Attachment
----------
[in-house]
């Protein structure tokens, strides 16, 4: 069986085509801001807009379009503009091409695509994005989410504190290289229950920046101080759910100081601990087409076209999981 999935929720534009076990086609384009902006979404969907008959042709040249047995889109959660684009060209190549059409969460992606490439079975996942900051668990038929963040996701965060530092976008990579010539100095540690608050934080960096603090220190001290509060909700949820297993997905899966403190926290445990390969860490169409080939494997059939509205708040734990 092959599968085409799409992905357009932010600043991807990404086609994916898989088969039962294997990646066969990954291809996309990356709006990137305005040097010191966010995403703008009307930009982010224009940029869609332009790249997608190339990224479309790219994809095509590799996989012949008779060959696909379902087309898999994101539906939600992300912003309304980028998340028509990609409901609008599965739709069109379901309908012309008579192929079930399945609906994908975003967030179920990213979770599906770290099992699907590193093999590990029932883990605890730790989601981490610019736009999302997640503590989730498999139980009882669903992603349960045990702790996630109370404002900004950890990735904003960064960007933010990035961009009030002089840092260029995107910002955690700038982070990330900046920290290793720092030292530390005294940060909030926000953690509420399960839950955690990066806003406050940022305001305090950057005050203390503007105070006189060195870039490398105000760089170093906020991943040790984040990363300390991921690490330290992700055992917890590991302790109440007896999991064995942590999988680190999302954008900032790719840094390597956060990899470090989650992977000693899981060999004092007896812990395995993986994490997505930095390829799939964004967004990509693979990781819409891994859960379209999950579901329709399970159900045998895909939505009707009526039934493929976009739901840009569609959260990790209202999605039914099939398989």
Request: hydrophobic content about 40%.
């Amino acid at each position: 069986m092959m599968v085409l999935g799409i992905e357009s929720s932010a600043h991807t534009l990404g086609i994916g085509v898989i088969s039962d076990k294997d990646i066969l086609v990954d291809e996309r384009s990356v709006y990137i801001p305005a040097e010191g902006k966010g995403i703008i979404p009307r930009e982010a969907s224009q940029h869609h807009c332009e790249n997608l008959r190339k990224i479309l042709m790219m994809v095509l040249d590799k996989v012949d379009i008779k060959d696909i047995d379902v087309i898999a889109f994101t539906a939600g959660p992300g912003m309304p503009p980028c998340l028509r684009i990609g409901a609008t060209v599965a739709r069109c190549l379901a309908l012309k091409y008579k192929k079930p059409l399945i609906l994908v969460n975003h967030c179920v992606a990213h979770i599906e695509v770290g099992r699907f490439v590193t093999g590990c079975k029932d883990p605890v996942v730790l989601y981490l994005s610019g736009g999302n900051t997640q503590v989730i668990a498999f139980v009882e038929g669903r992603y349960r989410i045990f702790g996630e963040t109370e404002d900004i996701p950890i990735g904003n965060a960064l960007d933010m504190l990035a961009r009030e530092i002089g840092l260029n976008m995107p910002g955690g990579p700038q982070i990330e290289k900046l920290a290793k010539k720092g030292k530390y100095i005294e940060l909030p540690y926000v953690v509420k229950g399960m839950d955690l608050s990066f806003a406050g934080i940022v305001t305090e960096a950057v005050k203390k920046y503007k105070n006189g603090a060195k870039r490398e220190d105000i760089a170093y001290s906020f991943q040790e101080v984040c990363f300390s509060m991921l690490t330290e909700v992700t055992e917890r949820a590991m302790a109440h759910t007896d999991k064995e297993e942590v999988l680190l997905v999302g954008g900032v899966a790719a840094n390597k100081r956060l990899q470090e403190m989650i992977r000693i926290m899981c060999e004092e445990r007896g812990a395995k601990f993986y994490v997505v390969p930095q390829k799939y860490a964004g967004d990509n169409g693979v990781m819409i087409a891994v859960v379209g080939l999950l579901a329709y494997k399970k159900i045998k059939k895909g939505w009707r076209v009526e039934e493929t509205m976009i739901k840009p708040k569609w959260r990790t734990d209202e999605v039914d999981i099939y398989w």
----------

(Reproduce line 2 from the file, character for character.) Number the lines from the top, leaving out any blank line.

């Protein structure tokens, strides 16, 4: 069986085509801001807009379009503009091409695509994005989410504190290289229950920046101080759910100081601990087409076209999981 999935929720534009076990086609384009902006979404969907008959042709040249047995889109959660684009060209190549059409969460992606490439079975996942900051668990038929963040996701965060530092976008990579010539100095540690608050934080960096603090220190001290509060909700949820297993997905899966403190926290445990390969860490169409080939494997059939509205708040734990 092959599968085409799409992905357009932010600043991807990404086609994916898989088969039962294997990646066969990954291809996309990356709006990137305005040097010191966010995403703008009307930009982010224009940029869609332009790249997608190339990224479309790219994809095509590799996989012949008779060959696909379902087309898999994101539906939600992300912003309304980028998340028509990609409901609008599965739709069109379901309908012309008579192929079930399945609906994908975003967030179920990213979770599906770290099992699907590193093999590990029932883990605890730790989601981490610019736009999302997640503590989730498999139980009882669903992603349960045990702790996630109370404002900004950890990735904003960064960007933010990035961009009030002089840092260029995107910002955690700038982070990330900046920290290793720092030292530390005294940060909030926000953690509420399960839950955690990066806003406050940022305001305090950057005050203390503007105070006189060195870039490398105000760089170093906020991943040790984040990363300390991921690490330290992700055992917890590991302790109440007896999991064995942590999988680190999302954008900032790719840094390597956060990899470090989650992977000693899981060999004092007896812990395995993986994490997505930095390829799939964004967004990509693979990781819409891994859960379209999950579901329709399970159900045998895909939505009707009526039934493929976009739901840009569609959260990790209202999605039914099939398989």